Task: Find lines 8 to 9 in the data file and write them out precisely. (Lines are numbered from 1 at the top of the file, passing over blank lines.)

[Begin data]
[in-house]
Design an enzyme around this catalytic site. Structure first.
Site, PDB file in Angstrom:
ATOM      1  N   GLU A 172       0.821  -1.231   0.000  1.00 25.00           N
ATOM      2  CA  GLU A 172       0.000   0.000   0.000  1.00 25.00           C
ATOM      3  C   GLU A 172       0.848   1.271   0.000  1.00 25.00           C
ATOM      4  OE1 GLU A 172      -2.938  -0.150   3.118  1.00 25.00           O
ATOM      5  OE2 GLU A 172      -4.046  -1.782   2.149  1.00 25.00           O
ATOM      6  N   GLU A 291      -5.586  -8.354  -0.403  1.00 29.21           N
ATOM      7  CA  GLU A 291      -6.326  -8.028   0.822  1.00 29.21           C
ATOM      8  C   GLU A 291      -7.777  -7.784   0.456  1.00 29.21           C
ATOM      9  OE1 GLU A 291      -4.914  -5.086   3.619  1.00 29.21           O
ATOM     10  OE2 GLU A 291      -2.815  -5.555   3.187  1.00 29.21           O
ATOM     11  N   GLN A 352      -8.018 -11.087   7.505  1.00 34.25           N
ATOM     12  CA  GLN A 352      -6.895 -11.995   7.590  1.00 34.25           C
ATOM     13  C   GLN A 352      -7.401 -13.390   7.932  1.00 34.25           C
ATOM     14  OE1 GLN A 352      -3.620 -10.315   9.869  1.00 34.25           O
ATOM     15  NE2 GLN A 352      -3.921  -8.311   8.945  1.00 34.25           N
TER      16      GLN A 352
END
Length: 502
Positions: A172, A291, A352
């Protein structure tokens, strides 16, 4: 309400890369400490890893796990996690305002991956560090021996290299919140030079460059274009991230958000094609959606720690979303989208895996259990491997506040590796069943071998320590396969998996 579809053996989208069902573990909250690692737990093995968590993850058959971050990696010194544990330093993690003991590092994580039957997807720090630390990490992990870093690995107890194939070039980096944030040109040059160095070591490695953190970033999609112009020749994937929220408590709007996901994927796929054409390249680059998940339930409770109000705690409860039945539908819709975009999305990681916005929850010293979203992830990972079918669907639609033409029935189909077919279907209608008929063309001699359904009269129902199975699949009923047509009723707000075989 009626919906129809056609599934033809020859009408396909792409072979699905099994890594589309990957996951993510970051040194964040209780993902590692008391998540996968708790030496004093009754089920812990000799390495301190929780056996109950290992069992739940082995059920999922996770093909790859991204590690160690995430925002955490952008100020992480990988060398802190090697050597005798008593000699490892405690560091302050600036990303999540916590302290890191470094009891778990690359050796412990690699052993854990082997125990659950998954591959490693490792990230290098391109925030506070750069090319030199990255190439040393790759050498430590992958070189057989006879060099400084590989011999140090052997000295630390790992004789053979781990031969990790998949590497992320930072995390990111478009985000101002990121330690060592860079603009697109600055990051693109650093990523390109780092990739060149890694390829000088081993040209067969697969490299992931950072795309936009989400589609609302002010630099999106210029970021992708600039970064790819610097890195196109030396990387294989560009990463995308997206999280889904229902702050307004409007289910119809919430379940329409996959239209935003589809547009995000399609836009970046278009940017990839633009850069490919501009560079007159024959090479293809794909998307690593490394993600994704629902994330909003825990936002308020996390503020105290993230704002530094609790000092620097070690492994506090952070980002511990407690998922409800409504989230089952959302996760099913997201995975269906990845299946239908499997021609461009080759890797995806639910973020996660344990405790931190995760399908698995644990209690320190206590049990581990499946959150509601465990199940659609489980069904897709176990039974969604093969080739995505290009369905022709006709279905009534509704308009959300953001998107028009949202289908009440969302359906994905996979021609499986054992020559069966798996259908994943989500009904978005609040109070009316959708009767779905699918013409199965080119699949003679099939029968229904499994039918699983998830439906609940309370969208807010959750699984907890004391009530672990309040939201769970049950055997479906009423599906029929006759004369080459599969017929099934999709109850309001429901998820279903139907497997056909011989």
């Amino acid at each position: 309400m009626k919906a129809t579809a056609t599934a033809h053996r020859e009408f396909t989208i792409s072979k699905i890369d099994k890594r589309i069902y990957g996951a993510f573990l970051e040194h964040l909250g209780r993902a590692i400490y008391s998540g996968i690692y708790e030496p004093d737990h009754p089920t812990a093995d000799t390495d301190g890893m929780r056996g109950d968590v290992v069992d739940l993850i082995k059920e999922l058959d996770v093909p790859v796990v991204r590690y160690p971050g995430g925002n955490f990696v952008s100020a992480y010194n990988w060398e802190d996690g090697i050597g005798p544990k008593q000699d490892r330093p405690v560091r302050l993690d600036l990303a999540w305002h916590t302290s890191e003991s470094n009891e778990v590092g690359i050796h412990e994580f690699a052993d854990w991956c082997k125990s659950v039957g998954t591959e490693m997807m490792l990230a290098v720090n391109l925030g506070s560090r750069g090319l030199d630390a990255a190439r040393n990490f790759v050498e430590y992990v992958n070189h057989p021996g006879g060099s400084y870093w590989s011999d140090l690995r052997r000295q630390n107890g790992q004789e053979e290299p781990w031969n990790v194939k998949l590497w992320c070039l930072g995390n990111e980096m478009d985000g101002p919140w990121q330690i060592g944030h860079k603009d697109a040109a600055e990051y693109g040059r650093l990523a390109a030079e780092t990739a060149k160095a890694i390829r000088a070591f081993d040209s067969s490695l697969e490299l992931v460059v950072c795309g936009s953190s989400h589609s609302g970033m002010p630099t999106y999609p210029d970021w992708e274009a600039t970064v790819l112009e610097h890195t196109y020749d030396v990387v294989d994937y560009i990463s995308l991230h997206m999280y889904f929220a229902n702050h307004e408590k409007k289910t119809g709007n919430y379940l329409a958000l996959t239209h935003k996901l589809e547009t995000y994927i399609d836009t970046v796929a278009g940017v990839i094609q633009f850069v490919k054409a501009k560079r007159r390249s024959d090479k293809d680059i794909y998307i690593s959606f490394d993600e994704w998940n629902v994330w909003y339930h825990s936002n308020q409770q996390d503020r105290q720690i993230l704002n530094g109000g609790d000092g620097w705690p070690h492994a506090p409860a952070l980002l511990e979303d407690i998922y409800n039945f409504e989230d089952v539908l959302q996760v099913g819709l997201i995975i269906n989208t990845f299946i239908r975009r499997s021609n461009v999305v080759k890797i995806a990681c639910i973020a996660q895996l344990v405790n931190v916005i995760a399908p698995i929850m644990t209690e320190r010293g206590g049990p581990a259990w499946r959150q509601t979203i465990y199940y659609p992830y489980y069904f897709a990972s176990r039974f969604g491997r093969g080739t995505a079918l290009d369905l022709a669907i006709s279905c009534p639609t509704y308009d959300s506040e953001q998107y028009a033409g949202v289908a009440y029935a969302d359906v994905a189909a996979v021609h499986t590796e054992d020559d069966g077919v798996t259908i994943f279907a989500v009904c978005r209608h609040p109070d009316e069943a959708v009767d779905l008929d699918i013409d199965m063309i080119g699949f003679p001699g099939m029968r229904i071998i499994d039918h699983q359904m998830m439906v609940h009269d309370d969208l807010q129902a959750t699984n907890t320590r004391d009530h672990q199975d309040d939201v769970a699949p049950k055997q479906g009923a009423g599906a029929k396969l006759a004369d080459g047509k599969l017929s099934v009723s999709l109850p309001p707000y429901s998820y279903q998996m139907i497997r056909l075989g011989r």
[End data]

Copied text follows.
ATOM      5  OE2 GLU A 172      -4.046  -1.782   2.149  1.00 25.00           O
ATOM      6  N   GLU A 291      -5.586  -8.354  -0.403  1.00 29.21           N